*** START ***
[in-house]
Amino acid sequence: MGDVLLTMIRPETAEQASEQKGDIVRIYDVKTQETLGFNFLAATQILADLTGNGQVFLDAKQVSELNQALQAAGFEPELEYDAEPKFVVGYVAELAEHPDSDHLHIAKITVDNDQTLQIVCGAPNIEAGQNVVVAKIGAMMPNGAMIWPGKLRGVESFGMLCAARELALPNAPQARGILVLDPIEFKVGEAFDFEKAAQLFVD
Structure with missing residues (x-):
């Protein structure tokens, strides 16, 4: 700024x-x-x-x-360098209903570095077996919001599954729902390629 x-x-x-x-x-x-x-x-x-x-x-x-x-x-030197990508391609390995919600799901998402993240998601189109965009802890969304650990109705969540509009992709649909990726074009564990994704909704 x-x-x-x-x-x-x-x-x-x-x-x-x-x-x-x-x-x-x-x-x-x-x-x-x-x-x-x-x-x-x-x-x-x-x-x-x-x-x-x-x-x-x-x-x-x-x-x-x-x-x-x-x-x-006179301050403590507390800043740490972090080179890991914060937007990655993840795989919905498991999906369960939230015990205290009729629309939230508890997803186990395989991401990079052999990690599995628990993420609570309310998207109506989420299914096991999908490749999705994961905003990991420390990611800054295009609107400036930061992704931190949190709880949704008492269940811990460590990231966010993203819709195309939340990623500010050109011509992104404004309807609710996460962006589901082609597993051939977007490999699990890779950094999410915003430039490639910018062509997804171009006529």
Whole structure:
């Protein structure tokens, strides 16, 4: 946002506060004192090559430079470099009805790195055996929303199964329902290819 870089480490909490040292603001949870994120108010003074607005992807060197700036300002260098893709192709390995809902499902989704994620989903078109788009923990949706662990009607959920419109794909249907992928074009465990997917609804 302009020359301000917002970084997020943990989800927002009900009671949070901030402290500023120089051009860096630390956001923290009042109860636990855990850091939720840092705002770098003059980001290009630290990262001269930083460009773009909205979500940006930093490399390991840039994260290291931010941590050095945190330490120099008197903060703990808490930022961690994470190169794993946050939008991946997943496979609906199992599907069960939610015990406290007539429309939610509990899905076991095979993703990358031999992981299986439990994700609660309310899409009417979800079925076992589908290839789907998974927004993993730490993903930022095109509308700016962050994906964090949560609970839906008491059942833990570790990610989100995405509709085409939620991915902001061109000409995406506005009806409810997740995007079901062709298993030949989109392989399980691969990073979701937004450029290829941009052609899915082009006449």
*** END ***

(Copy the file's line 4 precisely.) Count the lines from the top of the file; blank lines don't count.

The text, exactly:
């Protein structure tokens, strides 16, 4: 700024x-x-x-x-360098209903570095077996919001599954729902390629 x-x-x-x-x-x-x-x-x-x-x-x-x-x-030197990508391609390995919600799901998402993240998601189109965009802890969304650990109705969540509009992709649909990726074009564990994704909704 x-x-x-x-x-x-x-x-x-x-x-x-x-x-x-x-x-x-x-x-x-x-x-x-x-x-x-x-x-x-x-x-x-x-x-x-x-x-x-x-x-x-x-x-x-x-x-x-x-x-x-x-x-x-006179301050403590507390800043740490972090080179890991914060937007990655993840795989919905498991999906369960939230015990205290009729629309939230508890997803186990395989991401990079052999990690599995628990993420609570309310998207109506989420299914096991999908490749999705994961905003990991420390990611800054295009609107400036930061992704931190949190709880949704008492269940811990460590990231966010993203819709195309939340990623500010050109011509992104404004309807609710996460962006589901082609597993051939977007490999699990890779950094999410915003430039490639910018062509997804171009006529």